The next major step in Roman Catholic social justice teaching in the United States came in 1919 with the release of The Bishops' Program of Social Reconstruction – ghostwritten by Monsignor John A. Ryan. The program, Ryan wrote, “…was issued in response to the general need which men felt after the war for programs for the reconstruction of social regions.” It called for the right of workers to organize for the purpose of collective bargaining and for retirement insurance – yet unlike previous Catholic distributist ideas advocating by such thinkers as Hilaire Belloc, G. K. Chesterton and Dorothy Day, it embraced government programs as the means for achieving these goals.

Ryan, a key theorist of Roman Catholic approaches to economics and social justice, is an often-overlooked hero of twentieth century economic liberalism. Born to Irish immigrants in 1869 Minnesota, John Ryan grew up during the age of robber barons and a labor movement with little or no real bargaining power. Ryan was ordained a Roman Catholic priest in 1898. In the course of his career, he blended late nineteenth century Midwestern Progressive Populism with a burning sense of Neo-Thomist ethics, and became a champion of civil liberties and economic justice. He wed theology to economics and in 1906 published his first major economic treatise, A Living Wage, that defended the ownership of private property, but simultaneously “spurned overly acquisitive and unregulated free market capitalism as economically unhealthy and morally bankrupt.” In 1915 Ryan attained a professorship at Catholic University where he taught until his retirement in 1939. To the chagrin of today's Roman Catholic Right, he was both an early board member of the ACLU as well as being a close friend of the organization's founder, Roger Baldwin.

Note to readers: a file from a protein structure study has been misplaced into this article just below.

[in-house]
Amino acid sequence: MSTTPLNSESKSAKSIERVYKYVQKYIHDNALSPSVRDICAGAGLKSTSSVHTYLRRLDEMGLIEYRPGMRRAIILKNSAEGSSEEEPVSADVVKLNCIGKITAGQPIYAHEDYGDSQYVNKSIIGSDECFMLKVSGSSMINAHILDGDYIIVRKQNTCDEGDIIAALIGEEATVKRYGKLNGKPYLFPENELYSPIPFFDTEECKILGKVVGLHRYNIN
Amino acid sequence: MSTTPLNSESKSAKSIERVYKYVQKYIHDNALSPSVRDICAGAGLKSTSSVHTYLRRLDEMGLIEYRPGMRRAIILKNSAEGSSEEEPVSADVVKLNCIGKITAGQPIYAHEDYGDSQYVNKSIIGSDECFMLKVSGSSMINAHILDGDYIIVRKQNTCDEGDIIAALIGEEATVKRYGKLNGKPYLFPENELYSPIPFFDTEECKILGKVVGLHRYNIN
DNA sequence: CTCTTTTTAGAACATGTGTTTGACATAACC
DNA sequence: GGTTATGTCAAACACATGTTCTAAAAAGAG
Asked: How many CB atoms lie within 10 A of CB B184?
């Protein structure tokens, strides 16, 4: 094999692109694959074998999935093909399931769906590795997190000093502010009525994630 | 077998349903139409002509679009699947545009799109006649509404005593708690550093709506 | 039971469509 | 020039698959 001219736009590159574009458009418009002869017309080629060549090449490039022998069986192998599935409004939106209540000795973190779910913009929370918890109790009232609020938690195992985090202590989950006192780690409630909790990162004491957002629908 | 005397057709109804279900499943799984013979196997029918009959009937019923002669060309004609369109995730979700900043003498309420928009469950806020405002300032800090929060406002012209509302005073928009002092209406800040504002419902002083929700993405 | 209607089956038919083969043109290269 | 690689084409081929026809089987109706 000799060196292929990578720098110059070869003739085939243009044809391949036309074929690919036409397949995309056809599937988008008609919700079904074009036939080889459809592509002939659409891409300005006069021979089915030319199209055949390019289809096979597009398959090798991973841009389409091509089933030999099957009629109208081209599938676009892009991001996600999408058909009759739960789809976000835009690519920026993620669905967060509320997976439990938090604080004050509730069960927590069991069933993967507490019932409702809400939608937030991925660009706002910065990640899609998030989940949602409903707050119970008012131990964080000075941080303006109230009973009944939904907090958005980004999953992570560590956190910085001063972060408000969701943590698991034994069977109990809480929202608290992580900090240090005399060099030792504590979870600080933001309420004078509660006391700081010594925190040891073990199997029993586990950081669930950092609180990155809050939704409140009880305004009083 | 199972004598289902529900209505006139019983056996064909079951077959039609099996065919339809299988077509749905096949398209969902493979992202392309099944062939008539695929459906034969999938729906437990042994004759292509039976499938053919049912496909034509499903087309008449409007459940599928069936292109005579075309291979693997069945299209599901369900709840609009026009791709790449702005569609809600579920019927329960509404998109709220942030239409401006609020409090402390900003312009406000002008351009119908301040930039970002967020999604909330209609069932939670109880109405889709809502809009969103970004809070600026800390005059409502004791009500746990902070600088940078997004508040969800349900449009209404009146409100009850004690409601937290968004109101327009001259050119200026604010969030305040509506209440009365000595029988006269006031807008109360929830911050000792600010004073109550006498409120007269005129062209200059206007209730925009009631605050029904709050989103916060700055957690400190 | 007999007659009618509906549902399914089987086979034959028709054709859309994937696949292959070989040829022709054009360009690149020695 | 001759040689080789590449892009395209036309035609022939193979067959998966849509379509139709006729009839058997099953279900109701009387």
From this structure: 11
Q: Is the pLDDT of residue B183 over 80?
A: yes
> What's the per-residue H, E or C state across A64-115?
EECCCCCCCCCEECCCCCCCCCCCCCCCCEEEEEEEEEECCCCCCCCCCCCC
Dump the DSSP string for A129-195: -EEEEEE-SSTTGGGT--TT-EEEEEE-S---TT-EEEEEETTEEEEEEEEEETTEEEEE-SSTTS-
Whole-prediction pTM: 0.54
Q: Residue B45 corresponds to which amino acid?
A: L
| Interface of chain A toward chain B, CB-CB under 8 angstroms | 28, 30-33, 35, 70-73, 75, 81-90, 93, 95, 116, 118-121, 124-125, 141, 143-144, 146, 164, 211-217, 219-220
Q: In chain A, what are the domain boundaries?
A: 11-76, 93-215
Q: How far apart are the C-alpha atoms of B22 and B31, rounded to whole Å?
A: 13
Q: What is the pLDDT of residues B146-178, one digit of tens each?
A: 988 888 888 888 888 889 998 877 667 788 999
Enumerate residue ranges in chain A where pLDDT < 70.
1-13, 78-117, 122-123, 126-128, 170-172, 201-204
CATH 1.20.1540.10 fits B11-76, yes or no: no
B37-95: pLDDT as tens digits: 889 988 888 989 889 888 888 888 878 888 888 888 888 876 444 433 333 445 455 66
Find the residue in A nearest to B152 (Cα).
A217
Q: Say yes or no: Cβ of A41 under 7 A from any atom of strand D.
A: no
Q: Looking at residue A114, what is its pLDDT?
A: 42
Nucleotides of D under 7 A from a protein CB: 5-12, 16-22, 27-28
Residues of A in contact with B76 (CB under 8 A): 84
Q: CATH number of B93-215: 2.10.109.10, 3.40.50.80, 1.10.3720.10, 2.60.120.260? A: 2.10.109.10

If he were alive today Monsignor Ryan, like many of today’s theocons, would oppose artificial birth control, abortion rights, and embryonic stem cell research. But unlike today’s strident Roman Catholic Right, he understood that opponents on such matters could be strong allies on economic issues. As the Notre Dame historian John T. McGreevy noted, “The civil liberties lawyer Morris Ernst, before challenging the 1935 congressional testimony of Father John A. Ryan on contraception carefully announced, ‘(O)n many battle fronts in the fight for freedom of the press, for labor, and so forth, I have fought side by side with Father Ryan.’”

In 1916, he published the first of several editions of his magnum opus, Distributive Justice: The Right and Wrong of Our Present Distribution of Wealth. Drawing upon Aristotelian notions of natural law ethics, he outlined a very contemporary liberal concept of the just distribution of profit in relation to contribution, merit, and special talents. He later became a confidant of FDR, earning the moniker, "the Right Reverend New Dealer."